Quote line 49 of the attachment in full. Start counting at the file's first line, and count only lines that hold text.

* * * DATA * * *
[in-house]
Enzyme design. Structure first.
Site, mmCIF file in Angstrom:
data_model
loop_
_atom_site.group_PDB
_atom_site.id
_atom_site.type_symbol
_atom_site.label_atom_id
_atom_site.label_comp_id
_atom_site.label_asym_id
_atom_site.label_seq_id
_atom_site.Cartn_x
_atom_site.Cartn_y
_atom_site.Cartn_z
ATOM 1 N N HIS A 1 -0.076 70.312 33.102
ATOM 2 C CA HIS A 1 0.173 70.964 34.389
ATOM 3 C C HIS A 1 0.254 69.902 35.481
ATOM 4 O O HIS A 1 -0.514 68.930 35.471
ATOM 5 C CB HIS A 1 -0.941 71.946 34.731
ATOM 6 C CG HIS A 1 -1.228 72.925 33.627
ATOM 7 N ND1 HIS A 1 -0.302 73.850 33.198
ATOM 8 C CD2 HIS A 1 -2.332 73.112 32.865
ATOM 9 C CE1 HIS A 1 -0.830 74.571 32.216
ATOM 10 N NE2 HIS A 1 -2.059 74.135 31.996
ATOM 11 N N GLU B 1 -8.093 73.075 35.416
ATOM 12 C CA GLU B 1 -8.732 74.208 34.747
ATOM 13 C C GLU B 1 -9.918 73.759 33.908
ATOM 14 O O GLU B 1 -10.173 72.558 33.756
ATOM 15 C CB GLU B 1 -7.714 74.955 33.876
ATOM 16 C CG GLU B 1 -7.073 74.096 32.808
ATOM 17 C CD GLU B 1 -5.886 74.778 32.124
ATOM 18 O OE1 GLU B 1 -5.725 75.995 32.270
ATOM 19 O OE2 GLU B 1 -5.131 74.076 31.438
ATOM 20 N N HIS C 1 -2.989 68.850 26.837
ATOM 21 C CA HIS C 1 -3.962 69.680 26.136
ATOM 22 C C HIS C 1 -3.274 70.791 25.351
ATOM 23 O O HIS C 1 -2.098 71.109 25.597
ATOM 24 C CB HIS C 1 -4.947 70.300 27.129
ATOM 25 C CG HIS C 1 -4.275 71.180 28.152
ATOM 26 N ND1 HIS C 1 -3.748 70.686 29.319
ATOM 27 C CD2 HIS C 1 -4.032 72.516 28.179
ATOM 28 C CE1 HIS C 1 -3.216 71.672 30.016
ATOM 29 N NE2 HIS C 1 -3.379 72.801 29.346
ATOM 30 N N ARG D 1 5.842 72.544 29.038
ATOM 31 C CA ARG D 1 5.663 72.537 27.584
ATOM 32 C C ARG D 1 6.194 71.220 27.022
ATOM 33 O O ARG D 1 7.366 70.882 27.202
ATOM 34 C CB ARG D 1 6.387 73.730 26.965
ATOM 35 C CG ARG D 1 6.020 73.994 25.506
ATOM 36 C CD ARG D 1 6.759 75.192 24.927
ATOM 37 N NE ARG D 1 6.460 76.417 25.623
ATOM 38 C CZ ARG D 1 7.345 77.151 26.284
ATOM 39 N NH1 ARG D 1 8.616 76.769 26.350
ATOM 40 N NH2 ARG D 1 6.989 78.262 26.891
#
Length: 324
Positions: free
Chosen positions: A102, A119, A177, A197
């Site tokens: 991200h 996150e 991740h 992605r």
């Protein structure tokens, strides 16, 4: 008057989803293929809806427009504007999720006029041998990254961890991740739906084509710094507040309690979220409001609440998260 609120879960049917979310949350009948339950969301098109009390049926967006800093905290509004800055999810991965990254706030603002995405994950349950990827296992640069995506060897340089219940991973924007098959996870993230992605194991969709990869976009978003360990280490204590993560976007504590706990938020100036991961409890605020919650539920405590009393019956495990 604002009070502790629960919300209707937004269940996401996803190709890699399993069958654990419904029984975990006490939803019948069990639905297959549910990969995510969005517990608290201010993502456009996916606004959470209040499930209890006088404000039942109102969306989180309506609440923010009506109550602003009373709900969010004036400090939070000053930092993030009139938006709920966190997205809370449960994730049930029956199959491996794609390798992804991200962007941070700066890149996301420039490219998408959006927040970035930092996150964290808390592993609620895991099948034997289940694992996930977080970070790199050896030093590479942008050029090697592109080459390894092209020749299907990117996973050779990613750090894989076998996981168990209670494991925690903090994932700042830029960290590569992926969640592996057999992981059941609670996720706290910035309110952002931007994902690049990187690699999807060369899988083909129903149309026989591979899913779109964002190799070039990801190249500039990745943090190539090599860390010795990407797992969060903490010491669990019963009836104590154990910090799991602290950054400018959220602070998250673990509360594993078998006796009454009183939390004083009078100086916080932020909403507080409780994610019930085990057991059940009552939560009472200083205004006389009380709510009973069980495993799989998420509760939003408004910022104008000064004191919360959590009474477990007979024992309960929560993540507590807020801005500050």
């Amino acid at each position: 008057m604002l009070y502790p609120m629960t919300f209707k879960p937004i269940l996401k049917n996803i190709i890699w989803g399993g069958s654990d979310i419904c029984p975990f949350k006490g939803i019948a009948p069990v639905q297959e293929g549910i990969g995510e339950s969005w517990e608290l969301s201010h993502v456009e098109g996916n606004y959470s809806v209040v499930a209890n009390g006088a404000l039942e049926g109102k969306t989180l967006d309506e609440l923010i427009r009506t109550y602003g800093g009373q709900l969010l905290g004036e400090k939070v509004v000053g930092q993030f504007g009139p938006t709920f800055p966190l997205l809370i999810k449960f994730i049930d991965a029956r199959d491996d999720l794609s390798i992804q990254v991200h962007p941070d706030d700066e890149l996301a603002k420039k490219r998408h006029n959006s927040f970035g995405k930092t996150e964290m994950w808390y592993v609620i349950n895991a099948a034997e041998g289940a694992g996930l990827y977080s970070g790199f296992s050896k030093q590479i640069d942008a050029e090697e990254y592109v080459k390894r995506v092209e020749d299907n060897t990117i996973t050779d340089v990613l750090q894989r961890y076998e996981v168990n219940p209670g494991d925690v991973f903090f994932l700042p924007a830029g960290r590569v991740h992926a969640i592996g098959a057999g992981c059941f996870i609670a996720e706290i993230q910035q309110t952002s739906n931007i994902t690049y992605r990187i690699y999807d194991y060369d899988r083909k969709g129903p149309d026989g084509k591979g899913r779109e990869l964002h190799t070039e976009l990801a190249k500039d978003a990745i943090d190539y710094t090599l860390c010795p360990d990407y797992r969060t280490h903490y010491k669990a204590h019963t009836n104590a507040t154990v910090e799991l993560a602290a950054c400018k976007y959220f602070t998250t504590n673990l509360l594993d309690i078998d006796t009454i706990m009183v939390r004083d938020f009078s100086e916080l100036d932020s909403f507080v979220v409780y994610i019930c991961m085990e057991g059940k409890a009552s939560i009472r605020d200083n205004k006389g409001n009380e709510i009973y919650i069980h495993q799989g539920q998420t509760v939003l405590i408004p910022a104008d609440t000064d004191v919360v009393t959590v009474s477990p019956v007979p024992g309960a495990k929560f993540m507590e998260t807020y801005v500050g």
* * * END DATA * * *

ATOM 34 C CB ARG D 1 6.387 73.730 26.965